To illustrate, any random monster table can help you Nethack up some off-the-book monsters. I'll use my own, and roll three times. Once for what it looks and moves like ... a beholder. Once for its hit dice, AC and other  number stats. A vampire. And once for its special powers ... a piercer.

Okay, I've got a really tough big round pain-elemental-from-Doom guy who hovers on the ceiling and drops to bite your head off. But my gut reaction is "meh." For one, the surprise part gets in the way of the "zounds! a beholder" mess-with-the-players part. It's original ... but not much more than that.

So the next step is to use your judgment and creativity. Next time, two ways to do that.

Monday, 26 September 2011

The Fantastic Through Obscurity

Discussion on how to keep the fantastic in adventure gaming continues, with a renewed desire and specific tips. My further thoughts ...

In information security, the phrase "security through obscurity" is used to disparage the hope that vulnerabilities can be protected by keeping them secret. In their early stages of development, many game forms achieve a sense of wonder through obscurity. Magic: The Gathering, for example, initially provided this sense of wonder through opening packets of collectible cards and finding ones you'd never seen before ... or having them show up in your opponent's deck. Eventually, like many security-though-obscurity hopes, this was dashed through the posting of complete spoilers on the nascent Internet, and through the practice that rapidly developed (to Wizards of the Coast's great joy) of buying whole boxes of product in order to get a complete set. Within a few years it was a poor collectible card game whose manufacturer did not provide rarity symbols, checklists, and eventually complete spoilers and previews.

Was there an attempt to keep the fantastic around through obscurity in early D&D? It's hard to deny when reading the Gygaxian objurgations in AD&D to keep players' noses out of the Dungeon Master's Guide. But that is already late in the day. The time of wonder and fantasy is fading, and the desire to standardize the game deals the death blow; the secrets that used to be kept in the Dungeon Master's cranium are now holy writ. In this light the railing against players accessing the mass-produced secrets sold in Barnes and Noble sounds as hollow as Canute's commands against the tide.

In the age of the Internet spoiler the sense of wonder is even more crucially down to the individual game master. In the comments on Monsters & Manuals I made a point that bears expanding here.

1. When players are denied access to the rules that let them carry out mundane tasks at the starting level, this creates a denial of mastery. You can certainly play this way, with players issuing orders and seeing what happens, in a "fog of war" kind of way. But a lot of players are used to a certain level of rules mastery; a generation has grown up with console RPGs. You don't have to deny them this all the way.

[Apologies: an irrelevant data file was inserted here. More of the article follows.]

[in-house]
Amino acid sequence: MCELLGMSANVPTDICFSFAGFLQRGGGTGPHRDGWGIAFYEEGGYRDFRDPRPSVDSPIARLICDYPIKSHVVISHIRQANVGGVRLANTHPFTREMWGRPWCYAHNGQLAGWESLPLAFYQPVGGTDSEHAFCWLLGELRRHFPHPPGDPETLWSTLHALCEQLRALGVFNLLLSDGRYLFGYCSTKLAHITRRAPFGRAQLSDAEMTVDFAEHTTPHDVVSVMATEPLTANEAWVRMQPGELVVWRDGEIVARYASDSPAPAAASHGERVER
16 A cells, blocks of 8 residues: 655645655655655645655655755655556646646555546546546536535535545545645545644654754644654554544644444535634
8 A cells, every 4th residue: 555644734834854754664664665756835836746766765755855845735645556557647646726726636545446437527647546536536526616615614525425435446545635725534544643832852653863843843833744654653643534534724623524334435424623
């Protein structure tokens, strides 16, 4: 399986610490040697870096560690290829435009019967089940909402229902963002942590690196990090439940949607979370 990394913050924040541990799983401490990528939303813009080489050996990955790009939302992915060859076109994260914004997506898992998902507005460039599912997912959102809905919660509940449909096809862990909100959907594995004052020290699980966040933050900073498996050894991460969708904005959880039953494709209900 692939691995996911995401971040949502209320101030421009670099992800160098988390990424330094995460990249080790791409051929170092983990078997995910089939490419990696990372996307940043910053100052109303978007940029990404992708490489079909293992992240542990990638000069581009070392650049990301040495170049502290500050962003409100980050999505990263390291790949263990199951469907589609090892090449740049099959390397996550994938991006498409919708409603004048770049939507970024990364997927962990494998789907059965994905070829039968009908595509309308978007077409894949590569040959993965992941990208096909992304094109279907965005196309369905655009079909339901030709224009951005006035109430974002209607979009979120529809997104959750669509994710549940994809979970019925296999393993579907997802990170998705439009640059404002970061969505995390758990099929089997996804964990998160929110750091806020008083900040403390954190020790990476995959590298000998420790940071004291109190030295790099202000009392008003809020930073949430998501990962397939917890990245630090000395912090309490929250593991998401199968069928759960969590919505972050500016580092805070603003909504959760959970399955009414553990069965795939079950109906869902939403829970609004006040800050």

2. Expanding what I've said about high level magic spells, denying knowledge of rules and techniques found at higher levels also helps create the sense of wonder. If the game was about kung fu, then not being able to read all about what a high level Taoist master can do would help achieve this.

3. The technique in Lamentations of providing no standardized monsters or magic items points the way to a game system where the rules of the mundane are known to the players, but the fantastic elements are an idiosyncratic revelation from game to game. Yes, creating the fantastic is hard individual work for the DM. But the alternative, especially with experienced games, is a group of players who ready the oil when they see a troll, who can find out exactly how much every gland in every dead monster corpse is worth, and for whom the only surprise is tactical, not strategic.

I have a few ideas of my own, both on how to make the hard work easier, and how to make the hard work mean more. Next post I'll try to articulate them more fully.

Sunday, 25 September 2011

Elves and Dwarves Up, Halflings Down

Cave halflings are another story.
When using a race-as-class system in D&D, as I like to do, halflings have a problem. As outlined in the various versions of Basic D&D, they're little more than short thieves.

Now, elves explicitly started out in OD&D as hybrid fighter-magic-users and stuck with that concept in Basic, so they add something extra to the mix of classes. Dwarves, to the extent they have underground exploration abilities, are kind of a fighter-rogue hybrid; at least, they get more interesting the more they tend toward that, and less interesting the more they are just short fighters.

In my one page rules, although it's not quite so schematic as that, I did consciously try to include a fighter-wizard hybrid (elf), fighter-rogue (dwarf), and rogue-wizard (gnome) type. I suppose an expansion might also take on the various priest hybrids, with fighter (paladin), wizard (mystic) and rogue (monk) to complete the cross-fertilization. Is this a complete scheme, with anything else just being variants on the basic classes? Not sure, but it seems that way to me.

In race-and-class systems, by the way, the halfling also fails to take advantage of the diversity available. This all comes from the concept being too tied down to Tolkien, and made worse, not better, by all the quasi-halflings that show up in Tolkien knockoffs, from kender to gwarpys. But at the same time Tolkien gives us two hobbit models: a fighter-type (Frodo and his companions) and a thief-type (Bilbo). It's a concept made for separate race and class systems, but although in AD&D it's possible to play a halfling fighter, there's very little incentive to do so. The halfling is almost always optimized as a thief under most D&D rules.

Anyway, here are my one page elf and dwarf rules.

Saturday, 24 September 2011

One Page Wizard and New Spell Cards